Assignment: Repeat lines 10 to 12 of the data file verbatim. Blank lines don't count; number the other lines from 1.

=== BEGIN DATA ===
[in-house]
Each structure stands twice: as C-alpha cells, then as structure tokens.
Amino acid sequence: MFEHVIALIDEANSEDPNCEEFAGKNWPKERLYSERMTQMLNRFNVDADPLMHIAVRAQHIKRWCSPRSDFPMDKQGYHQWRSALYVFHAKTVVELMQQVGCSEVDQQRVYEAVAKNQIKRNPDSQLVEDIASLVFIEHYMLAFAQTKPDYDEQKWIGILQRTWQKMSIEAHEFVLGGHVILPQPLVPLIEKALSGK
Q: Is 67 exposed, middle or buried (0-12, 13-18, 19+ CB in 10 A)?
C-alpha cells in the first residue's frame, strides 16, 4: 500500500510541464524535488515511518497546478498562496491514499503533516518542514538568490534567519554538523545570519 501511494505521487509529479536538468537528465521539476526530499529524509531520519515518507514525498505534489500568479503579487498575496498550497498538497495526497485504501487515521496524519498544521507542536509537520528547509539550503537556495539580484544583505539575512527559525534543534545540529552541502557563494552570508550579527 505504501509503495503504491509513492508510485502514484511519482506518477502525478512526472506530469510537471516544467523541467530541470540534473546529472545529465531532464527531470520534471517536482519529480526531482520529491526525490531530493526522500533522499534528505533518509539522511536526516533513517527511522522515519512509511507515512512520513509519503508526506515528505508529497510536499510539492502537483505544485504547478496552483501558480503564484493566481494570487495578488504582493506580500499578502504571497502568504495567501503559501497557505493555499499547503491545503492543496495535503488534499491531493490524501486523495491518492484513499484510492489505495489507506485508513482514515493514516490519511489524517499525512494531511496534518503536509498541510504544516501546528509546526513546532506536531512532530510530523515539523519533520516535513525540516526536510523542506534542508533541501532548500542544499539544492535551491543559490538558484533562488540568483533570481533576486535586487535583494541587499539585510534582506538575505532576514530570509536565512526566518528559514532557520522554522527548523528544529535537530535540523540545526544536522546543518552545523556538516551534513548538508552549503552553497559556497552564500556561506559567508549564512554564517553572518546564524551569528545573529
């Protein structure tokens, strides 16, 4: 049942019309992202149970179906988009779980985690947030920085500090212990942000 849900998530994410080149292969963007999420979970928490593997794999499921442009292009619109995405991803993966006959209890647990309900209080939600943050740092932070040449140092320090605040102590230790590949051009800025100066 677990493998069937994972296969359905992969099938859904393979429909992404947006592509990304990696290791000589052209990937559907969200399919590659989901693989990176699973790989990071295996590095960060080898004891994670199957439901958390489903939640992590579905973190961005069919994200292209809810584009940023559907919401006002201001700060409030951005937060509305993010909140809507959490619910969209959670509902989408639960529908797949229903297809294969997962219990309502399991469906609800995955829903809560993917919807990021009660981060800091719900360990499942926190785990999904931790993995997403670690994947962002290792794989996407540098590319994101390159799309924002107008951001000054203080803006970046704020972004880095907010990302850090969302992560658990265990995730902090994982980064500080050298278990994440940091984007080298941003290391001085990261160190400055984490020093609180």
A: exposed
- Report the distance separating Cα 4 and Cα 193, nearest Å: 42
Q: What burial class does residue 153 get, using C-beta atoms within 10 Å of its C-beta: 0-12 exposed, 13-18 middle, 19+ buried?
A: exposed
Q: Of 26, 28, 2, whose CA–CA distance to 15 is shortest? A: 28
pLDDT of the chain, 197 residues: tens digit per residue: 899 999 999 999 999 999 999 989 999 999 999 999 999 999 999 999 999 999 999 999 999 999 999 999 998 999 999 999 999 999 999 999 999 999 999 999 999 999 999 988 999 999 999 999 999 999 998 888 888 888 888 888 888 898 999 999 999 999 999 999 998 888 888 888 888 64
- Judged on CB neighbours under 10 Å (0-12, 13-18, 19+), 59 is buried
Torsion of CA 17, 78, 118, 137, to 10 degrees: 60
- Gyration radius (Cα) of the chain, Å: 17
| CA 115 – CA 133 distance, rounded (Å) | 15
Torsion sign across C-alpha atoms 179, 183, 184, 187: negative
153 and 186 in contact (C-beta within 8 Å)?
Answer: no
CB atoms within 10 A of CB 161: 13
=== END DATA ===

A: exposed
Q: Of 26, 28, 2, whose CA–CA distance to 15 is shortest? A: 28
pLDDT of the chain, 197 residues: tens digit per residue: 899 999 999 999 999 999 999 989 999 999 999 999 999 999 999 999 999 999 999 999 999 999 999 999 998 999 999 999 999 999 999 999 999 999 999 999 999 999 999 988 999 999 999 999 999 999 998 888 888 888 888 888 888 898 999 999 999 999 999 999 998 888 888 888 888 64